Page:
This is one of the results of the research project “NormAKraft – Norm Conformity of Alternative Fuels”, in which TEC4FUELS GmbH and OWI Science for Fuels gGmbH were involved among other partners. In the project, the two companies conducted investigations into the material compatibility, physicochemical properties and standard conformity of e-fuels.
Research is also being conducted into e-fuels such as methanol, dimethyl ether, oxymethylene ether, dimethyl carbonate and methyl formate. In addition to a virtually balanced CO2 balance, they can reduce emissions of pollutants such as soot, nitrogen oxides and unburned hydrocarbons to almost zero in some cases thanks to their higher oxygen content. However, their physicochemical properties differ significantly from conventional fuels in some cases, so that on the one hand they do not comply with the applicable fuel standards and on the other hand technical modifications to the engine technology are required for their use.
The potential applications of e-fuels are, for example, in sectors that are difficult to electrify, such as aviation (paraffinic kerosene is considered to have no alternative on long-haul flights), long-distance heavy-duty commercial vehicles, heavy off-road vehicles and machines, and the passenger car fleet for a transitional period until all vehicles are electrified. In the marine sector, methanol and ammonia are the main e-fuels under discussion.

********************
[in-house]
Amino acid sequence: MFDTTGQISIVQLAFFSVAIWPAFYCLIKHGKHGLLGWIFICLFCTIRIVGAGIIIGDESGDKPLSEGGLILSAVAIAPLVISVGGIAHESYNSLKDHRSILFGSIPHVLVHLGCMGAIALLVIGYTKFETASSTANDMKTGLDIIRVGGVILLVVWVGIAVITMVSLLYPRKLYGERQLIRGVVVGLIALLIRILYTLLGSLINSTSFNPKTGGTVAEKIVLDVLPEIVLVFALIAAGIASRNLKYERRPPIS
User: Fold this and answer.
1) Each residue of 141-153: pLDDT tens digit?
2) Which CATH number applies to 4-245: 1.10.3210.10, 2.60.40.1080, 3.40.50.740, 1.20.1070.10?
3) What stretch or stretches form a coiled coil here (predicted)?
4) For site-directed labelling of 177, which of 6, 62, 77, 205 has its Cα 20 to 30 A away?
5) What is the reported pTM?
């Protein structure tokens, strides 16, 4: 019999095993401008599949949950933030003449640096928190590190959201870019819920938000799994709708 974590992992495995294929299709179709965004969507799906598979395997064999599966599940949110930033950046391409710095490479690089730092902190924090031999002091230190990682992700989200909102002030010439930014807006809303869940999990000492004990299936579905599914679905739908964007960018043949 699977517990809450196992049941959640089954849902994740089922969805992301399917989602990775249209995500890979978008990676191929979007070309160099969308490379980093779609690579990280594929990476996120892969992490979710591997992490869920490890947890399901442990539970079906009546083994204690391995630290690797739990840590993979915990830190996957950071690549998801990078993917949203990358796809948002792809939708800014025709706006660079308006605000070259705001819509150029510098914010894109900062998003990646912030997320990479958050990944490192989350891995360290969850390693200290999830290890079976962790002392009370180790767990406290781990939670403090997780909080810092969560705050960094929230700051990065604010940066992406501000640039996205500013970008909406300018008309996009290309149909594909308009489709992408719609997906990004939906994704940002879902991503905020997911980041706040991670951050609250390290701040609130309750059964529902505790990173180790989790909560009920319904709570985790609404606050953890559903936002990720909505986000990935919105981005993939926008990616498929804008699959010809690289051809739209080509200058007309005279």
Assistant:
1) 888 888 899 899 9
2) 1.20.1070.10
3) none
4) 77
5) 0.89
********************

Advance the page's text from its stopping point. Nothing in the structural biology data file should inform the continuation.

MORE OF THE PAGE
Regulatory framework puts brakes on e-fuels
However, there are still a number of hurdles between the technical maturity of new e-fuels and their availability to all consumers. In addition to standardization, fuels must also comply with a number of other European and country-specific directives and regulations. The most important of these are the European REACH Regulation, the Renewable Energies Directive, the Fuel Quality Directive and, in Germany, the Federal Immission Control Act with the individual Federal Immission Control Ordinances. Currently, there are still a number of regulations in these laws that impede or prevent investment in the construction of large-scale production plants and the use of synthetic fuels. Without a secure legal framework, it is not possible for investors to establish viable business models and thus a broad market launch of alternative climate-friendly fuels.